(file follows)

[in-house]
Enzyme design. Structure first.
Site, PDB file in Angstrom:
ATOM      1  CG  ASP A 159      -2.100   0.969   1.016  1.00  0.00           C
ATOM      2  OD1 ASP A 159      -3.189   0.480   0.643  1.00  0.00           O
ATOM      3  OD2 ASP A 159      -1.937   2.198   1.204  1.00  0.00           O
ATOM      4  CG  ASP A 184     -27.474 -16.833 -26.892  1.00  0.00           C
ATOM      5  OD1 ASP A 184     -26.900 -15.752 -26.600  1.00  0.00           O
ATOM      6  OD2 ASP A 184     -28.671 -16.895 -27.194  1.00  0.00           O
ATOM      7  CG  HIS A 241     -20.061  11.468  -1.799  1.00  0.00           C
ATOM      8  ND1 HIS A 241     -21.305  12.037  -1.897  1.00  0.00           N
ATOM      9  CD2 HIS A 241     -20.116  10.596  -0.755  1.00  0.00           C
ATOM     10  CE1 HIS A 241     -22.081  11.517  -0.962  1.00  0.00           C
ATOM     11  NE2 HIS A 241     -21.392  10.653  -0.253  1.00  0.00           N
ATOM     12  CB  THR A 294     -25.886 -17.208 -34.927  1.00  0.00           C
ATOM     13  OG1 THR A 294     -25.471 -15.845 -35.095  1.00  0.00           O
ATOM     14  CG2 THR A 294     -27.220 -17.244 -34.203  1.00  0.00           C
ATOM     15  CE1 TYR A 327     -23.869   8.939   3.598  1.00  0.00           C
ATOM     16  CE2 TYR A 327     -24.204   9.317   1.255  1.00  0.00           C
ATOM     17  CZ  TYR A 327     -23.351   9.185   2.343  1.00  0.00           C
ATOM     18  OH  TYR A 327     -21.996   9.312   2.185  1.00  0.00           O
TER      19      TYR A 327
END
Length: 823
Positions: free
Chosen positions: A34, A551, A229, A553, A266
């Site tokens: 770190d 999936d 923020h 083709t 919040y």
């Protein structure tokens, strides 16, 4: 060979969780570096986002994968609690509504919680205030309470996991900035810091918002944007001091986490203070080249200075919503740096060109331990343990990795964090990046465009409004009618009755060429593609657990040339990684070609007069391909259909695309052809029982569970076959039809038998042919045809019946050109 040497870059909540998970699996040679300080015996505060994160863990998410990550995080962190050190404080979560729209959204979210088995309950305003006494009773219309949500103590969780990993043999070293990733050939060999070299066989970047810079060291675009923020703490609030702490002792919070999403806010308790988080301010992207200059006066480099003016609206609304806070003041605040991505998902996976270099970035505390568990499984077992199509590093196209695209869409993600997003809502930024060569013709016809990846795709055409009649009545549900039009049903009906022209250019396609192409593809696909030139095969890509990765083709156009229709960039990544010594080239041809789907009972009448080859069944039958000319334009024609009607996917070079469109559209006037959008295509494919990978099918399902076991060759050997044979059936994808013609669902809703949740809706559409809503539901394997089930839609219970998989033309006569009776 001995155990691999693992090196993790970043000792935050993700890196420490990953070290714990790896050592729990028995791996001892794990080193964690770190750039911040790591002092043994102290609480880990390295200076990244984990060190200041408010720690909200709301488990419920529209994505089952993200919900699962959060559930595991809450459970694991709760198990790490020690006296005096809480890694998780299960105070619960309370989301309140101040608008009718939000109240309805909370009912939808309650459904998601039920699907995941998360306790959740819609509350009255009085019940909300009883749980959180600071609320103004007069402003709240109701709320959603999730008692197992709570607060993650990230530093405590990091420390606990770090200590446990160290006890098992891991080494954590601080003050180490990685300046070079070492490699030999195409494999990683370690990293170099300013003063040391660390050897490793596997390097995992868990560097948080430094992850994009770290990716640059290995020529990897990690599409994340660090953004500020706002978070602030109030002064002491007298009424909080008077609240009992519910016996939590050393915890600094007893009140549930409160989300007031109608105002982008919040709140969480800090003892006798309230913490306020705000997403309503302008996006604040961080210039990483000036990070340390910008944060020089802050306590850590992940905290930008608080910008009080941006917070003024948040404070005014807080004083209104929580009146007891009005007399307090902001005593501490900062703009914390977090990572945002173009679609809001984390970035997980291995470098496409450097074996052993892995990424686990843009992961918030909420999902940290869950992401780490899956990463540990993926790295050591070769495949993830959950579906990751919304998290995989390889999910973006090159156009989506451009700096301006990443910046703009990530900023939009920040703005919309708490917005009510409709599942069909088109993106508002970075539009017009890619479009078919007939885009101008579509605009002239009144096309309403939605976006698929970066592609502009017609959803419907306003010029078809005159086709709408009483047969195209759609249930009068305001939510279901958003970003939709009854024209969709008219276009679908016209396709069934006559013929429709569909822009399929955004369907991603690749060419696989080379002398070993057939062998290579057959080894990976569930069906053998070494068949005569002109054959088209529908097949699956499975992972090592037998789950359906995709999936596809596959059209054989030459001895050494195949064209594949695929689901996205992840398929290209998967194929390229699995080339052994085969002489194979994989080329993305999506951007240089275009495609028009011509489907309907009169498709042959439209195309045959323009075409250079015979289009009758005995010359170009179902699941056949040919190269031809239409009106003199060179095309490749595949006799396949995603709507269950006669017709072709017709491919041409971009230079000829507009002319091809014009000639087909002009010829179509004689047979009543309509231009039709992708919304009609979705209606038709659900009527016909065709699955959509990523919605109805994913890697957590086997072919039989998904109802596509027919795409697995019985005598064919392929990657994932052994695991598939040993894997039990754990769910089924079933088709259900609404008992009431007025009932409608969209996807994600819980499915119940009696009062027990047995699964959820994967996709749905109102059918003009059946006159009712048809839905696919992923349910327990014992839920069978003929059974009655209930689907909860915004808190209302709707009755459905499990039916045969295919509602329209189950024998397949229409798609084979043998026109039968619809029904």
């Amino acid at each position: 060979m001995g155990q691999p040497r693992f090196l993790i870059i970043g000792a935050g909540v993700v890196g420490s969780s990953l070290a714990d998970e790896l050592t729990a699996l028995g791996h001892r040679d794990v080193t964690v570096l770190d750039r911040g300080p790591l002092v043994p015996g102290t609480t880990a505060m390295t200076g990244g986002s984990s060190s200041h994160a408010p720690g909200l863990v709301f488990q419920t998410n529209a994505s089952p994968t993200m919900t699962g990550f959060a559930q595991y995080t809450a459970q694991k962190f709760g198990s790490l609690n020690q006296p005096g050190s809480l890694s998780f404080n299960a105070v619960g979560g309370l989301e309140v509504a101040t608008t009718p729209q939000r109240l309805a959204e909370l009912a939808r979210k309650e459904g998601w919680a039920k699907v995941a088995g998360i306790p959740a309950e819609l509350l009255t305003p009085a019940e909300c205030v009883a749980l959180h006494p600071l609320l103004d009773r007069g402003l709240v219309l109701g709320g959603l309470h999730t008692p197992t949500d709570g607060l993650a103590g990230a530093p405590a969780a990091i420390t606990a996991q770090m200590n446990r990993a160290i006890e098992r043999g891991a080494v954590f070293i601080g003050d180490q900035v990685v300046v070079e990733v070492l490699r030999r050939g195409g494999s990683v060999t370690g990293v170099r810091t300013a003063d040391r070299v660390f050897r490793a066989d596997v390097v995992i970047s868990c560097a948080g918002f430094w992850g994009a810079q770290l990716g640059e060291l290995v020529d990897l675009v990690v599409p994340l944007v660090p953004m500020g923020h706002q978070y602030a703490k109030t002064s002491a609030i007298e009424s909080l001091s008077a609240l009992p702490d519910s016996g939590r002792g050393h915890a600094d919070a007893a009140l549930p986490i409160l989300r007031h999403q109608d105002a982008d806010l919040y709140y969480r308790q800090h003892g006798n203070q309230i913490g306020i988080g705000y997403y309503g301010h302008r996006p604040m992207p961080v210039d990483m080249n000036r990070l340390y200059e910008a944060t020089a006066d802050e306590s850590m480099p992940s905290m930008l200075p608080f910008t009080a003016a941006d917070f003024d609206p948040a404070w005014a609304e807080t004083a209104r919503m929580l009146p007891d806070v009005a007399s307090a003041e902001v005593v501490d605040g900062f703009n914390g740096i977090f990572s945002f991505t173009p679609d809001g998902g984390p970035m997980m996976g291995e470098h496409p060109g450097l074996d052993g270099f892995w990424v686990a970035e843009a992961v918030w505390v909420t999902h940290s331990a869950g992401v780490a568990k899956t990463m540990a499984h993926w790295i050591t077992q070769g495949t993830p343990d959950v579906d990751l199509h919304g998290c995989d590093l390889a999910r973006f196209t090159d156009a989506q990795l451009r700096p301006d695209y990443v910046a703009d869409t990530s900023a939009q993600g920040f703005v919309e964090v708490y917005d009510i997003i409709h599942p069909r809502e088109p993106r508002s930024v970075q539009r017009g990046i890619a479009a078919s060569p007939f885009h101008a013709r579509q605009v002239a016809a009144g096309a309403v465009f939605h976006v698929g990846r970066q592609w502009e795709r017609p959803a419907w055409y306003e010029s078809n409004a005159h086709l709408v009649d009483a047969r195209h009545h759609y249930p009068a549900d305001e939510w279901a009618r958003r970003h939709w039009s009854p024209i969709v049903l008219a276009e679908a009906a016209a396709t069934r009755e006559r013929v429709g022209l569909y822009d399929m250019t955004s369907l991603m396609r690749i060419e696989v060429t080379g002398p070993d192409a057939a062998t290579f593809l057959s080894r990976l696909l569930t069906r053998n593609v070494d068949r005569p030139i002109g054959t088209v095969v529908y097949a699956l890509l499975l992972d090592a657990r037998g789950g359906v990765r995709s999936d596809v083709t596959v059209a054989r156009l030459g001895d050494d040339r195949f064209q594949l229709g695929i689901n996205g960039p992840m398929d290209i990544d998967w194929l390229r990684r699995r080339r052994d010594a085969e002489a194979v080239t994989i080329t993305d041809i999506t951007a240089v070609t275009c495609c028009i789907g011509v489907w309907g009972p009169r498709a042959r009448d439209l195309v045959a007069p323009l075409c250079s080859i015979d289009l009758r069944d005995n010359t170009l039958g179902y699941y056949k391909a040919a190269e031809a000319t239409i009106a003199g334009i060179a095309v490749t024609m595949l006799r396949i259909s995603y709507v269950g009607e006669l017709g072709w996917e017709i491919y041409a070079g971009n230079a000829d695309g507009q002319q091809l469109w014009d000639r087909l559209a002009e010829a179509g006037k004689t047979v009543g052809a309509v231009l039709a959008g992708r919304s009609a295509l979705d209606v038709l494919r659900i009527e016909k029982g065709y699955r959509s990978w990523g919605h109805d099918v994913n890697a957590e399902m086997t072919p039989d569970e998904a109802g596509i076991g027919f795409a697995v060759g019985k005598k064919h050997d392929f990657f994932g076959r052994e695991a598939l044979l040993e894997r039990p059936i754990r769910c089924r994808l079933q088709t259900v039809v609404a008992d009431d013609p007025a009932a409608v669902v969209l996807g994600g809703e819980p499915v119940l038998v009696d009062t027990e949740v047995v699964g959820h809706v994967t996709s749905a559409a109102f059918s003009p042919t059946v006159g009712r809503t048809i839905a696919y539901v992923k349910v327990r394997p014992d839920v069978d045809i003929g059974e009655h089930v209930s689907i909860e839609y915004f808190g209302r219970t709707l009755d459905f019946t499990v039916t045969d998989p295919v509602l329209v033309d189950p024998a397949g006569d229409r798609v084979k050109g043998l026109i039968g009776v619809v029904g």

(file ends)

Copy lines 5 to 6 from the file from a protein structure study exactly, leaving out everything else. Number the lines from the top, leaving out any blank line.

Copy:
ATOM      2  OD1 ASP A 159      -3.189   0.480   0.643  1.00  0.00           O
ATOM      3  OD2 ASP A 159      -1.937   2.198   1.204  1.00  0.00           O